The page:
My question is applicable to all multi-dose vaccines with vaccination intervals of several weeks, though the specific case that triggered my question was the chickenpox vaccine Varilrix/GSK.

My assumption is that, if after the first dose of the chickenpox vaccine, the patient develops chickenpox-like blisters (more than 10), that seroconversion occurred and that the patient would have detectable and lasting antibodies against chickenpox.

If that is true and if seroconversion certainly happened, is it at all necessary to vaccinate a second time?

My analogy is that, if actual chickenpox infection conveys long lasting immunity and the vaccine-strain infection certainly happened, will that be enough for long-lasting immunity?

Or is vaccine effectiveness independent of how the immune system reacts to a single dose?

  • when I got my hep vaccines, they said "one dose gives you immunity for X weeks, the second gives you permanent immunity." So I would conclude that even measuring that you had converted in that shorter time frame wouldn't mean you didn't need the second one. – Kate Gregory Jul 2 '17 at 15:02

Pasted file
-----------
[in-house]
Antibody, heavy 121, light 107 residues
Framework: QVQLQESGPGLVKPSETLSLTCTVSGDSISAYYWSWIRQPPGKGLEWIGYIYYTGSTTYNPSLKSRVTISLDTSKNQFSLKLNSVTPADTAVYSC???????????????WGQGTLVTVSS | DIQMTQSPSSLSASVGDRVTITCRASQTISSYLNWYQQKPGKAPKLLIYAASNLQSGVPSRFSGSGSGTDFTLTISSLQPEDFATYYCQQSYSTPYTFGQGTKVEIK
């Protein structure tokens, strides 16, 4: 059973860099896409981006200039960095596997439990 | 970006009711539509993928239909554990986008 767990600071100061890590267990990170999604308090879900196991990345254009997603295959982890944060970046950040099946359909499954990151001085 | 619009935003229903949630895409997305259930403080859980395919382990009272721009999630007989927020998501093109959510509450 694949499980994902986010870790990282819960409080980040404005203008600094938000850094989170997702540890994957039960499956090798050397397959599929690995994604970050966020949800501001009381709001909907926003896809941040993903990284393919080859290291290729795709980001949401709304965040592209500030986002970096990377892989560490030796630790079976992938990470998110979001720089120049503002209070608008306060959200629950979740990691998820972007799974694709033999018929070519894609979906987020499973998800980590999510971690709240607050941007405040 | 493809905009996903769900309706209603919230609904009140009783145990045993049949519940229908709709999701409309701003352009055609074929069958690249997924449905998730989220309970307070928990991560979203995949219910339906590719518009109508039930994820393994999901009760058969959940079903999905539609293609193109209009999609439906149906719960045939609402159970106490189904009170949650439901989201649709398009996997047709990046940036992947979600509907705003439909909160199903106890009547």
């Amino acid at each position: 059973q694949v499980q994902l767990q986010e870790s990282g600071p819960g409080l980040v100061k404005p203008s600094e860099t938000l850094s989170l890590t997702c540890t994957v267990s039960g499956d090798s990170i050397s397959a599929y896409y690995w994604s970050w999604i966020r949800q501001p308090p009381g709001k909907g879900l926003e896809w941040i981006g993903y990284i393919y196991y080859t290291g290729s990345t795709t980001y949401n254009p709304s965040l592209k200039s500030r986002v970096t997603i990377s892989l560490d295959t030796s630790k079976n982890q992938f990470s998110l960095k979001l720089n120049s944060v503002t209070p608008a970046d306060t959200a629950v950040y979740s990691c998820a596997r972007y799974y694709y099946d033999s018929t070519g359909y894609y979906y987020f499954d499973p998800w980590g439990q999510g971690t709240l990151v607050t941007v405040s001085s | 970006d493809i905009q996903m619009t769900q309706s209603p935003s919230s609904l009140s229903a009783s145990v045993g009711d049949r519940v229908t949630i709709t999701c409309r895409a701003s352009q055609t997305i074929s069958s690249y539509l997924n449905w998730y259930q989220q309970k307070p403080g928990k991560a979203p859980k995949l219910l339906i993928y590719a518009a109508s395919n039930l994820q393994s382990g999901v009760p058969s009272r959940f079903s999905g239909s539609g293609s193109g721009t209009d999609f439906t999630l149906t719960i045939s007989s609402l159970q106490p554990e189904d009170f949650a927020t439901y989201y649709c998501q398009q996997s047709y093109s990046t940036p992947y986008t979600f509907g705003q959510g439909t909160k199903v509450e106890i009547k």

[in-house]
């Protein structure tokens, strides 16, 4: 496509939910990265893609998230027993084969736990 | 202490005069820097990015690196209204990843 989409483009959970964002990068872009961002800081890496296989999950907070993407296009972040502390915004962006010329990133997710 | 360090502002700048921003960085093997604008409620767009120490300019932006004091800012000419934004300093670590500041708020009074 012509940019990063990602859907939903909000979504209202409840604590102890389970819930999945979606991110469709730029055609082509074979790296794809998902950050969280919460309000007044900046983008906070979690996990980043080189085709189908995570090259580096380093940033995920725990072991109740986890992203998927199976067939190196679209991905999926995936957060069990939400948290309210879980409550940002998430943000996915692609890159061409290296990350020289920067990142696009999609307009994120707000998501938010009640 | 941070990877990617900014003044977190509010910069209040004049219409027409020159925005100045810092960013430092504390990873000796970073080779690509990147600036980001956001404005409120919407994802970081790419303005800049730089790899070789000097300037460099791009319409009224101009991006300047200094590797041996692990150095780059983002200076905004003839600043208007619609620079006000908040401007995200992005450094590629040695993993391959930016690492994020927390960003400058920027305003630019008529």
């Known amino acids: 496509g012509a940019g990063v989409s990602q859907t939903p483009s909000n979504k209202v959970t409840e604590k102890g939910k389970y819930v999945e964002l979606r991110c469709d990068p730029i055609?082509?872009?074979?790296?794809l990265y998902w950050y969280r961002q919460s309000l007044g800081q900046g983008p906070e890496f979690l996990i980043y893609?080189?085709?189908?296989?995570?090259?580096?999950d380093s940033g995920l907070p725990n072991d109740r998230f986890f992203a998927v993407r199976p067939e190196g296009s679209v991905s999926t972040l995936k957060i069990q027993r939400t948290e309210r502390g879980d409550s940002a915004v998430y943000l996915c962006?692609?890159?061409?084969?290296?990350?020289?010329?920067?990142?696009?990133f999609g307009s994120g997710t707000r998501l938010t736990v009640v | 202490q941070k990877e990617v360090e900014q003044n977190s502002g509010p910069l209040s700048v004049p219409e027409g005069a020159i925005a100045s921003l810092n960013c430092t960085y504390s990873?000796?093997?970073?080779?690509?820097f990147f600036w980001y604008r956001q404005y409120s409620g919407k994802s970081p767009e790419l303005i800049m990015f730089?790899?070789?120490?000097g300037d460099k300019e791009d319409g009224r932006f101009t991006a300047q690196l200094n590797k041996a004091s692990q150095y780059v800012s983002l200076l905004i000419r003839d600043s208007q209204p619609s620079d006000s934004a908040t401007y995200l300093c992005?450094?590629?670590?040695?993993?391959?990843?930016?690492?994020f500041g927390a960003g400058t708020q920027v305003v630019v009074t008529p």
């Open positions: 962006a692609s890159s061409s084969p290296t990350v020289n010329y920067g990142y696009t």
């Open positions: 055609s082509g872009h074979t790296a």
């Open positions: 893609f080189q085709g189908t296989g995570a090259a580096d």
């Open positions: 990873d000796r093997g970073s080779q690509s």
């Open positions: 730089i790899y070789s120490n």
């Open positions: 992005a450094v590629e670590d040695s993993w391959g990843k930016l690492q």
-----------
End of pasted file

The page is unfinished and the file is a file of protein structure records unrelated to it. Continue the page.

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The only way to know the the level of conversion is through bloodwork to measure it and even that can be problematic. From the CD site:

Laboratory evidence of immunity or laboratory confirmation of disease

Commercial assays can be used to assess disease-induced immunity, but they lack sensitivity to always detect vaccine-induced immunity

(i.e., they may yield false-negative results).

The issue there is that even the CDC knows that immunity can be undetectible (for what reason I do not know), and yet you are protected. If it's a vaccine induced infection, I think you'd be subject to the same risk of false negatives.

The only way to measure is titer though. In fact, you cannot actually know the current vaccine schedule is leaving you protected. I have a sibling that has received a particular vaccine a number of times (3 times more than what is considered necessary) and regardless, if she has a titer pulled, it shows no immunity (not varicella, we had that as children). We don't typically titer all people because it isn't generally a good use of resources. You can though, request one to be done & certainly after an outbreak of varicella, to simply see if another shot is warranted or not.

The quote provided is about 1/4 of the way down on that link.

https://www.cdc.gov/vaccines/pubs/surv-manual/chpt17-varicella.html

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